Narratives and evidence in the litigation of high-tech patents
By Kristopher A. Nelson
in June 2009
400 words / 2 min.
Tweet Share Colleen Chien has a paper in SSRN, dated April of 2009, that explores the narrative of patents, from the epithet of “troll” applied to patent owners who seek only to leverage their patent through licensing, and not application, and including our rather romantic perception of an inventor.
Note: this post is from 2009. Evaluate with care and in light of later events.
Colleen Chien has a paper in SSRN, dated April of 2009, that explores the narrative of patents, from the epithet of “troll” applied to patent owners who seek only to leverage their patent through licensing, and not application, and including our rather romantic perception of an inventor:
While each patent dispute is unique, most fit the profile of one of a limited number of patent litigation stories. A dispute between an independent inventor and a large company, for instance, is often cast in “David v. Goliath” terms. When two large companies fight over patents, in contrast, they are said to be playing the “sport of kings.” Some corporations engage in “defensive patenting” in order to deter others from suing them. Patent licensing and enforcement entities who sue have been labeled “trolls.” Finally, observers of the patent system call the use of patent litigation to impose or exploit financial distress “patent predation.”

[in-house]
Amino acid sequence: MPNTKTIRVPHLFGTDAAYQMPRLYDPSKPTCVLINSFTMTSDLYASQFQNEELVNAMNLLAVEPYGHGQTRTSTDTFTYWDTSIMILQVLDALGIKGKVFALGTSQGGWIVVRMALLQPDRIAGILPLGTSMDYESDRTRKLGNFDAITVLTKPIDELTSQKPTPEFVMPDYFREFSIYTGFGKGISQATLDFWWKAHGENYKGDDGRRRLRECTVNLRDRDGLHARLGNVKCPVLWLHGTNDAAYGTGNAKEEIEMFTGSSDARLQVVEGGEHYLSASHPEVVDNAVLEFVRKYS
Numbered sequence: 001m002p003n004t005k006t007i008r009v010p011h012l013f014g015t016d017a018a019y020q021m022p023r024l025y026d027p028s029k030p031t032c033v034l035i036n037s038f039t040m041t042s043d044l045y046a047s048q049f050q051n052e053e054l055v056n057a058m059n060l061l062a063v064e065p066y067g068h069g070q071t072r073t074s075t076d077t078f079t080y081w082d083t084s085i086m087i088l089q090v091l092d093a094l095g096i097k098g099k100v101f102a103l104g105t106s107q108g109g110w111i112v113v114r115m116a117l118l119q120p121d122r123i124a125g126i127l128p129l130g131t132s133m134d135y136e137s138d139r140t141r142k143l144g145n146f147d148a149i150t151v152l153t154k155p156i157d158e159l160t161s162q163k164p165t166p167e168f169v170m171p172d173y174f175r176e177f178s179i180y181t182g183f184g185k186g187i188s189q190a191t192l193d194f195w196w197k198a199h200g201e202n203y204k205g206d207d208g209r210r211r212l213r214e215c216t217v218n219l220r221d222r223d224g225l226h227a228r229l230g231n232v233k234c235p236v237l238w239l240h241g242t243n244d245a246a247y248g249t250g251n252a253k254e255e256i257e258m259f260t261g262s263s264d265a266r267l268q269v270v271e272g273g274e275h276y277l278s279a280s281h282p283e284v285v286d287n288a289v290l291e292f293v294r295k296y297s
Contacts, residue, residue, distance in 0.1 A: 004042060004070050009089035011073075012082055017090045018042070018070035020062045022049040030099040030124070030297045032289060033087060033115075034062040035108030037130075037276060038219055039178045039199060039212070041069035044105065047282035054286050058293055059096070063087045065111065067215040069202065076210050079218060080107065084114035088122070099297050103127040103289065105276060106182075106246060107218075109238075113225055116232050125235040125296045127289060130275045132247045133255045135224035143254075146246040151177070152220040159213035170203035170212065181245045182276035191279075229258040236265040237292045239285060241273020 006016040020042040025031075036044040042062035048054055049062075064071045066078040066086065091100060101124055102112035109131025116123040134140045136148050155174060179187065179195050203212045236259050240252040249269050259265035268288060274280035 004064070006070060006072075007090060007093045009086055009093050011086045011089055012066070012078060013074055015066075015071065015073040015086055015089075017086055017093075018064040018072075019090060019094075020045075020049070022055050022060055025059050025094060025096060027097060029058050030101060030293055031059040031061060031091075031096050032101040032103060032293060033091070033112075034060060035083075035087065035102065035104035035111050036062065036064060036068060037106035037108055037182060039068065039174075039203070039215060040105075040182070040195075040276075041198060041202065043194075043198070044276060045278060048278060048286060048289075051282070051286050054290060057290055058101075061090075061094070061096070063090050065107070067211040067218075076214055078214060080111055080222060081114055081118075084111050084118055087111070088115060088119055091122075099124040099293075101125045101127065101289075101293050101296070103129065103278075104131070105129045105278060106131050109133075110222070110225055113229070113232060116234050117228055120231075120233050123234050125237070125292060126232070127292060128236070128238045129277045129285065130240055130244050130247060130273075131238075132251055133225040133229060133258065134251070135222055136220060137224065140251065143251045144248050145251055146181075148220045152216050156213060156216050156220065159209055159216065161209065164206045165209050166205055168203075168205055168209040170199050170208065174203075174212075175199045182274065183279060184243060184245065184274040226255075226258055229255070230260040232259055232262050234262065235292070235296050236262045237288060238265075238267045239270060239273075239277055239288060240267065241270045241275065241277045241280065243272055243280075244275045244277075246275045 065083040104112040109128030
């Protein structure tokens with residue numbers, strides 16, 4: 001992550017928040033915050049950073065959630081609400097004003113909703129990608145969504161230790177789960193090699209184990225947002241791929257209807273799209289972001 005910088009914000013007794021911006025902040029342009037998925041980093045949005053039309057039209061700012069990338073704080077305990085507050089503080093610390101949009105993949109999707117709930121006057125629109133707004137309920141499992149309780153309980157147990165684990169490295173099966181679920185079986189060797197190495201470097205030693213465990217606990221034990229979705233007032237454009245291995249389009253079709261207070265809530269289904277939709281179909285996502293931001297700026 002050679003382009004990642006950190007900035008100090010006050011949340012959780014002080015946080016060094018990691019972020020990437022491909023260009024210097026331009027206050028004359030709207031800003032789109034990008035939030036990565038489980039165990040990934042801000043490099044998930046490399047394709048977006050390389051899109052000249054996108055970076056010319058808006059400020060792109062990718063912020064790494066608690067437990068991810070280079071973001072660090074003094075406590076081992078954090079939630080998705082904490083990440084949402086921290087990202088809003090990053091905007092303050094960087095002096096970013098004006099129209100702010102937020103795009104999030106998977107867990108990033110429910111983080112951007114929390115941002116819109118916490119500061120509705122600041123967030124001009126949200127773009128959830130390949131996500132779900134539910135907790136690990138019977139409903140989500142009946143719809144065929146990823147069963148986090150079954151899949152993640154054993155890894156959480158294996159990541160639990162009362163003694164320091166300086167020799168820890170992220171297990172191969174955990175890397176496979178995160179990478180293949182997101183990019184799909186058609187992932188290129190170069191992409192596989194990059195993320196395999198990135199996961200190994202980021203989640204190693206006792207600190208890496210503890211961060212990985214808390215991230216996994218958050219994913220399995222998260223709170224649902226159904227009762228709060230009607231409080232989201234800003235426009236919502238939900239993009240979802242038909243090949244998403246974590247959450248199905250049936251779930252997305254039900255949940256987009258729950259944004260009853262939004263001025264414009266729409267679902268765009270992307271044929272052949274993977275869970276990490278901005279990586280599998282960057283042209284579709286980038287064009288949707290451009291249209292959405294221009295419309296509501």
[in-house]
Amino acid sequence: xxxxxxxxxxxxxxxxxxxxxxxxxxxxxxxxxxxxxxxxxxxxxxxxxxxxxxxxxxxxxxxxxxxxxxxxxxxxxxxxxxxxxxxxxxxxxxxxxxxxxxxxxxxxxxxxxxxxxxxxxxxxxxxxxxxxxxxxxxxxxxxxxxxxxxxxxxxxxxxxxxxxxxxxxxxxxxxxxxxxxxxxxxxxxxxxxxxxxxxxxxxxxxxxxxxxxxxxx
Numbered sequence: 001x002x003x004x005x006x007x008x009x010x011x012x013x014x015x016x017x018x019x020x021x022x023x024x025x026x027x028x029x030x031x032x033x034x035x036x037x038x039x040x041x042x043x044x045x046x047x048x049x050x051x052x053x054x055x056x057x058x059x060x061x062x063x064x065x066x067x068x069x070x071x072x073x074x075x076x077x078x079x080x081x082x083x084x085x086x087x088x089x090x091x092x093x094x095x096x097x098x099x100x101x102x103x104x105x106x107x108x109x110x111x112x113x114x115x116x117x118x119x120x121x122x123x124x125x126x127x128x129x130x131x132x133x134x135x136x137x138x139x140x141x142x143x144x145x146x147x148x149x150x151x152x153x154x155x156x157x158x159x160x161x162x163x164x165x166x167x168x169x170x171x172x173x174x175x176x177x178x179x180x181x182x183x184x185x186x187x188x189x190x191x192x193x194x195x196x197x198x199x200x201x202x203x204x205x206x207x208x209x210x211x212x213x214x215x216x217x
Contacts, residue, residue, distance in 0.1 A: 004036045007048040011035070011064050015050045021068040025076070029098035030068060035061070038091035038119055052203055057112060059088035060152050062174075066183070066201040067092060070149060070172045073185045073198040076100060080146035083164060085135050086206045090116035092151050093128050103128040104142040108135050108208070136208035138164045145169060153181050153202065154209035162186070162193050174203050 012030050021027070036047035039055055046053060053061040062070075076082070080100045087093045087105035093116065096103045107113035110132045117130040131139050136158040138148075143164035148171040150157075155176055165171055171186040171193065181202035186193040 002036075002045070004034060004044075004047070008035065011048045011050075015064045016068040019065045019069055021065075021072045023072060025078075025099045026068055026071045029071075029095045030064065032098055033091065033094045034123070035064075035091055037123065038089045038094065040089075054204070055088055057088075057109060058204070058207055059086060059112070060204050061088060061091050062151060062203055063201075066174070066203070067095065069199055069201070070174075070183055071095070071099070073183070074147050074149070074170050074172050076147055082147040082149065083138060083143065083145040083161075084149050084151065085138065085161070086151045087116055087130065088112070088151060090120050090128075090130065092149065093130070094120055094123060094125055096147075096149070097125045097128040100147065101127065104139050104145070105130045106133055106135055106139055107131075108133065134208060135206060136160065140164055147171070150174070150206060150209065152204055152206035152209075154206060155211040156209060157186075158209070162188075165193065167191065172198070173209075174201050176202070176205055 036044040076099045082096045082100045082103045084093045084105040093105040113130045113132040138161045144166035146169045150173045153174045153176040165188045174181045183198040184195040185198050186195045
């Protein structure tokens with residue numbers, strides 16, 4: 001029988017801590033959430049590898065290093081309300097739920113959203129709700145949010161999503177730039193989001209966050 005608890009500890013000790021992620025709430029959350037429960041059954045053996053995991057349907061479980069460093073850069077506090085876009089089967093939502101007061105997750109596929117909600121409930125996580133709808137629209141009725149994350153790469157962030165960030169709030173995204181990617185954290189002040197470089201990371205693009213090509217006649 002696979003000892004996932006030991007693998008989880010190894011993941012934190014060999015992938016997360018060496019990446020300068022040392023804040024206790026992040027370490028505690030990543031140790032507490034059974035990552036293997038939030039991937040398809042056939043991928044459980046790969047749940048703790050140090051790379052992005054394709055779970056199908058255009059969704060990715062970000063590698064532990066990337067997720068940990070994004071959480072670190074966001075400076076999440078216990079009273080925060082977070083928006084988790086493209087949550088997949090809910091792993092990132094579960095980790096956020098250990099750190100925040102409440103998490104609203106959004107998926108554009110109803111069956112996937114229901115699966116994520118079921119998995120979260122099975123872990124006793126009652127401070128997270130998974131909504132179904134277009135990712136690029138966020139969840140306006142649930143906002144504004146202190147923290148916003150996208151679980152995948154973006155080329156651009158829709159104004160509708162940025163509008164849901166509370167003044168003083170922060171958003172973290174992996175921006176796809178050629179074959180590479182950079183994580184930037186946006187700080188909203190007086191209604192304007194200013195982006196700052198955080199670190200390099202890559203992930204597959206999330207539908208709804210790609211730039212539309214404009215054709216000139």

These stories, routinely invoked by the press, advocates, and academics, shape public understanding of the patent system. In this Article, I describe, then match, these stories to data on patent litigations to determine which types of suits are most prevalent. I focus exclusively on the litigation of high-tech patents, covering hardware, software, and financial inventions, using data from the Stanford Intellectual Property Clearinghouse for cases initiated in U.S. District Courts from January 2000 through March 2008.
via SSRN – Of Trolls, Davids, Goliaths, and Kings: Narratives and Evidence in the Litigation of High-Tech Patents by Colleen Chien.
Recommended reading for anyone interested in how our society, including the press, speaks about the patent system
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